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I have been reading more now that I am home and have some downtime. I recently finished Jon Krakauer’s “Under the Banner of Heaven” and Laurence Gonzales’ “Deep Survival.” Both were very interesting reads, and both were written by journalists, who happen to be my favorite type of author. Krakauer’s book was about the fastest growing religion in the United States, Mormonism. Specifically Mormon Fundamentalism and two murders that stemmed from one sect of these groups. He did his homework for this book, and it is one of his most detailed, considering he wasn’t there for it (as he was for “Into Thin Air.”) It gave me an insight to a religion that is much larger than I had ever known, and made me think about how religions start and spread in general.
The other book I just finished, “Deep Survival”, is about the survival instinct and how it exists in some people, and seems to be strangely nonexistent in others. Gonzales mixes true stories with scientific research to try and figure out what it is that allows some people to live while others die. As someone who likes to live a little closer to that edge of comfort and stability than most people, I found his analysis to be interesting – but slightly repetitive. As most writers do, he is figuring out the answer, or at least his version of it, as he goes. However, his book could have used one last compilation to trim up some repetitions, and focus the scope slightly narrower.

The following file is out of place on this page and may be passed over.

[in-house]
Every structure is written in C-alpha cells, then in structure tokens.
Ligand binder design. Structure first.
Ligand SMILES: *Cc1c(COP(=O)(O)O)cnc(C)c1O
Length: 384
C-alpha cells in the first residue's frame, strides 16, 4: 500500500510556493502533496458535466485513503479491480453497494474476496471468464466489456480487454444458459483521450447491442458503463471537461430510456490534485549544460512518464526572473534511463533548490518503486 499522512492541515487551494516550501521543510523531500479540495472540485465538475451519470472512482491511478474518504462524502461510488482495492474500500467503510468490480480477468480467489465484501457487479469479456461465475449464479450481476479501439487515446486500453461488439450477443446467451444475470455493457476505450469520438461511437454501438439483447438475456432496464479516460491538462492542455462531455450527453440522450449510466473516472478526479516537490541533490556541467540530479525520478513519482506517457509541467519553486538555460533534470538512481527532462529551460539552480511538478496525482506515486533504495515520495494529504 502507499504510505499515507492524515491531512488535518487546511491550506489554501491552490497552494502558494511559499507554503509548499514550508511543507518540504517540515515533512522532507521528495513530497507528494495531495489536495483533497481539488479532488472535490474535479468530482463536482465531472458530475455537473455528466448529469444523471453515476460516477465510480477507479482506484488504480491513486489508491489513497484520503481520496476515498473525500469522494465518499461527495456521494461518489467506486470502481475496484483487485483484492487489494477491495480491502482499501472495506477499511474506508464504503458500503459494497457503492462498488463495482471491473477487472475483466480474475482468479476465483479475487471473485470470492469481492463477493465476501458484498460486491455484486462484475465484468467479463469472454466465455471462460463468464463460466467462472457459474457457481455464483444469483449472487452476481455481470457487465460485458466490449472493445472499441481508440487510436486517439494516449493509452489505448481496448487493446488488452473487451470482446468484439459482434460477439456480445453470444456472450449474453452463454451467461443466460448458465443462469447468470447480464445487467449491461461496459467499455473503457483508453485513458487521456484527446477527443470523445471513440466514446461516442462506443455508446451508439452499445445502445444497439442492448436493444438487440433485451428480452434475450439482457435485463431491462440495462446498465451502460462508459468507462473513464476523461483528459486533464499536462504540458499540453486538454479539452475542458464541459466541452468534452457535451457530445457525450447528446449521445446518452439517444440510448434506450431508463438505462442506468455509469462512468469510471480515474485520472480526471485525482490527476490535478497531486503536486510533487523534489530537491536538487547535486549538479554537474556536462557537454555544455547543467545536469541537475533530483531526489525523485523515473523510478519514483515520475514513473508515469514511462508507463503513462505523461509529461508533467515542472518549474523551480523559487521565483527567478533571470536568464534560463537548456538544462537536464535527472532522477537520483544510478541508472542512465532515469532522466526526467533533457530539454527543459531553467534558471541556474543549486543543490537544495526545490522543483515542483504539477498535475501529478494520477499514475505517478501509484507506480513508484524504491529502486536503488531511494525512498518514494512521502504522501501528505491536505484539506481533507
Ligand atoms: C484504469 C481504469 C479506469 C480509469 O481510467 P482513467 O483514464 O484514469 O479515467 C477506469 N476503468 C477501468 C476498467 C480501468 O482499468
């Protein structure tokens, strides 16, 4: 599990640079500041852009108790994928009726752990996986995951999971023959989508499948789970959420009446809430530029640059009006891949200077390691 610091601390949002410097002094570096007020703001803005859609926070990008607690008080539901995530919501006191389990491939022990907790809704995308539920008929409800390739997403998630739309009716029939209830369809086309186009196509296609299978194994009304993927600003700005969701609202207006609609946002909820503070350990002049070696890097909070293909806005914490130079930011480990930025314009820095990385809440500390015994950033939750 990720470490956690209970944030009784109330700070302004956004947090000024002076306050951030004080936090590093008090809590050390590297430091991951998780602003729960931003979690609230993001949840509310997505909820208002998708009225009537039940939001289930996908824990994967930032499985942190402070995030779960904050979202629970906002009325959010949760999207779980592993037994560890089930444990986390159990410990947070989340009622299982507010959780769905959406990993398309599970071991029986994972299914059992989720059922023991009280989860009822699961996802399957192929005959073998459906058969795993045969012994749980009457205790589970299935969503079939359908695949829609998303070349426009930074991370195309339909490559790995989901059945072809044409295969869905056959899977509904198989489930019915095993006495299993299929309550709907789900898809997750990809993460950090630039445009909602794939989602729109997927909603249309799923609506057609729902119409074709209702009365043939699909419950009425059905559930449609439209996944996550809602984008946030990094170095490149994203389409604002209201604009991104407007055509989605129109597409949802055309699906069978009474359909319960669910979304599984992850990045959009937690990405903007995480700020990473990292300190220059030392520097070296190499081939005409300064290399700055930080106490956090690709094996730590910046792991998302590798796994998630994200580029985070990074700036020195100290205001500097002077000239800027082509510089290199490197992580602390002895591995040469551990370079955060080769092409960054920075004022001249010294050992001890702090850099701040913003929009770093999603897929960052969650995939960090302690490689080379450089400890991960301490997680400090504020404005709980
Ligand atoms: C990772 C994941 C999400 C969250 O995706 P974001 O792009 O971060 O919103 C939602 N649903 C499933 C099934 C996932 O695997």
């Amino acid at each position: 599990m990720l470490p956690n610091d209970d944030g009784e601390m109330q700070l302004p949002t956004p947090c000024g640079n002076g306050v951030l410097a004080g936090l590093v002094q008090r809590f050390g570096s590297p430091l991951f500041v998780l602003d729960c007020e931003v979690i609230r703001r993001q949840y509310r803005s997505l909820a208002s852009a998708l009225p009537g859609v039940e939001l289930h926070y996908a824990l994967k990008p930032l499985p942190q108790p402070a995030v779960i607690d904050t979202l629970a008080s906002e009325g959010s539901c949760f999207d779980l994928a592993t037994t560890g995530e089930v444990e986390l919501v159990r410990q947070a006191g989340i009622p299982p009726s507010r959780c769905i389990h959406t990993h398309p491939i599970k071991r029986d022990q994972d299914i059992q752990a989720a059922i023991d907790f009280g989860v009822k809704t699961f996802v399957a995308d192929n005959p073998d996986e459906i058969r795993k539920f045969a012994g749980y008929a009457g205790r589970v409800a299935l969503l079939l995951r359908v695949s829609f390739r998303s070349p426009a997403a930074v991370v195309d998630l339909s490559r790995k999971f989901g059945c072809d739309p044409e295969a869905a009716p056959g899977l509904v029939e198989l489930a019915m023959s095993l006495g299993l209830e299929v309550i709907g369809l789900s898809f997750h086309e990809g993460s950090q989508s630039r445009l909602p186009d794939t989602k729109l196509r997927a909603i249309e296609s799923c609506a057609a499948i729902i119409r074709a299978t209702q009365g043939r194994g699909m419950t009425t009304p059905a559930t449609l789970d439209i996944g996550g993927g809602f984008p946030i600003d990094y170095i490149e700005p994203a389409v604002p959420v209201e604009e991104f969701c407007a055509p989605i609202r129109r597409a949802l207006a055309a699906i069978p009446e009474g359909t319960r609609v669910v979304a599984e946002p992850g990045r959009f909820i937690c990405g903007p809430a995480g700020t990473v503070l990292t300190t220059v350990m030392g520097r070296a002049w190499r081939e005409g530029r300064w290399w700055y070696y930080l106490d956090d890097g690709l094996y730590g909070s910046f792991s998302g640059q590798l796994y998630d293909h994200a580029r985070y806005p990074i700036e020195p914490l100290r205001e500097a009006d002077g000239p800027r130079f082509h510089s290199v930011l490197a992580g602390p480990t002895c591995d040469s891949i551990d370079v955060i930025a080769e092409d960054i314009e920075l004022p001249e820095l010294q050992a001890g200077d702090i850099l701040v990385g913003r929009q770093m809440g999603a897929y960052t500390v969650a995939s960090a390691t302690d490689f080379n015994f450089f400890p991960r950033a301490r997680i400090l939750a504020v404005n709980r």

The survival instinct, in far fewer words, is the ability to utilize rationality, emotion, humor and fear in appropriate measures so that they build up the human constitution instead of tearing it apart. One of the most important traits is the ability to retain a sense of humor about any situation. Gonzales also quotes Lao-Tzu’s “Tao Te Ching” many times, so often in fact that I went out and got myself a copy, and now carry it around with me pretty often. As a fundamental corner stone of Taoism, it teaches self control, moderation of the mind, and the ability to act by not acting. In survival, it applies to allowing yourself to accept the situation, and move forward with what you have to do to survive.
I highly recommend both books, but Krakauer’s is a much longer read, simply because of its detail. I am currently reading Jared Diamond’s “Collapse”, which discusses how societies survive or fail, and he utilizes a case study method looking at farm communities to the Mayan downfall. I’ll let you know how it turns out.